I couldn’t help but laugh when I heard there were street parties in Glasgow celebrating the long-awaited death of Maggie Thatcher last Monday. If I wasn’t living in England now I would have been there in a heartbeat, joyously joining in the celebrations.
However, after being exposed to just some of the endless bickering in the media about who she was, what she did and what it meant, I started to question my unbridled glee, and wonder where it came from. After all this is a human being we are talking about, and I’m rarely so callous as to celebrate people’s deaths.
So why celebrate her death? What makes her different?
I was only a toddler when Thatcher lost power, but my father – a socialist in his day – made sure I knew all about this wicked woman, this rich and snobbish bogeyman who greedily privatised Britain whilst the working man suffered and lost everything. My father was working-class and the first of his family to go to university, purely as a result of Labour government funding. He did well, and my childhood was comfortable, but our lives could have been very different under a Conservative government, and I never forgot that.
I grew up to become a young socialist, listening to inspiring speeches by the then-leader of the Scottish Socialist Party – Tommy Sheridan – who was a key figure in the anti-poll tax campaign that eventually lead to Thatcher’s demise. Graffiti from the riots can still be seen in central Glasgow.
I went on to study Social Policy at University in Scotland (paid for by the Scottish Government). A fundamental theory in Social Policy was the importance of equality in society – and my fellow Scottish students seemed so like-minded that when Thatcher was mentioned in lectures, a near-audible boo would shoot round the room.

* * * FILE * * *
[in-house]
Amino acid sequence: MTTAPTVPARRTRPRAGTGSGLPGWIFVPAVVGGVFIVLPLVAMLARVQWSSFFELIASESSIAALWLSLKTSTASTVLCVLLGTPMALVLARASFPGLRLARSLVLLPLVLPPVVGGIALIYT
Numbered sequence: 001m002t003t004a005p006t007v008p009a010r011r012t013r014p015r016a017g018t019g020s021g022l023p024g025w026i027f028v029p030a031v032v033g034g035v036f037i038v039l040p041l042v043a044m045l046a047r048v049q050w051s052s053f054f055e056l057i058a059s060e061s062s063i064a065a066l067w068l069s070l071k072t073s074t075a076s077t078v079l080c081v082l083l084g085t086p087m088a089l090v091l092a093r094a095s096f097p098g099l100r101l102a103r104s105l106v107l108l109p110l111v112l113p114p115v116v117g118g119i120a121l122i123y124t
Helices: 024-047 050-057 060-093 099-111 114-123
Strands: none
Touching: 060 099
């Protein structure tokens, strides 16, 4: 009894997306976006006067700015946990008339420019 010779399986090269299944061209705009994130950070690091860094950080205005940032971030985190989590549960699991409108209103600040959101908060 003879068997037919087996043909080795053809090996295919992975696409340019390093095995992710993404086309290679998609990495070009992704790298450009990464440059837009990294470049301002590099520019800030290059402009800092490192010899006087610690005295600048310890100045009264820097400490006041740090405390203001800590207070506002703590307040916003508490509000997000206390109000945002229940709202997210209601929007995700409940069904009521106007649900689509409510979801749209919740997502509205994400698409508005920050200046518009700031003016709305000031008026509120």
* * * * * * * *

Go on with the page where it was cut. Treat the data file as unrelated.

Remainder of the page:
Over time it became clear to me that left-wing (anti-Thatcher) ideals and Scottish Nationalism were inextricably linked. Thatcher thrust her unwelcome right-wing policies on a mostly left-wing Scotland, who –without a Scottish Parliament - was too small to defend itself against this Westminster imposition. This dynamic closely mirrored all the patriotic history lessons I had growing up about the English invasions in the thirteen and fourteenth centuries, in which the underdog Scotland bravely fought back but, outnumbered, were ultimately defeated.
The imposition of Thatcherism in Scotland therefore paved the way for the Scottish Parliament and greater independence – as Scottish First Minister Alex Salmond explains "What Margaret Thatcher did was turn the Scottish Parliament from being a nice idea - democratic advance to being something absolutely essential".
So when I heard that Glasgow was having spontaneous street parties to celebrate her death, I got a little rush of patriotic pride and a feeling of belonging and understanding that made me laugh – although a little sad as I was no longer living with my ‘kin’. The bogeyman was dead – and therefore so was all that she stood for to me; the imposition of unfair right-wing policies from England on an unwilling but outnumbered left-wing Scotland.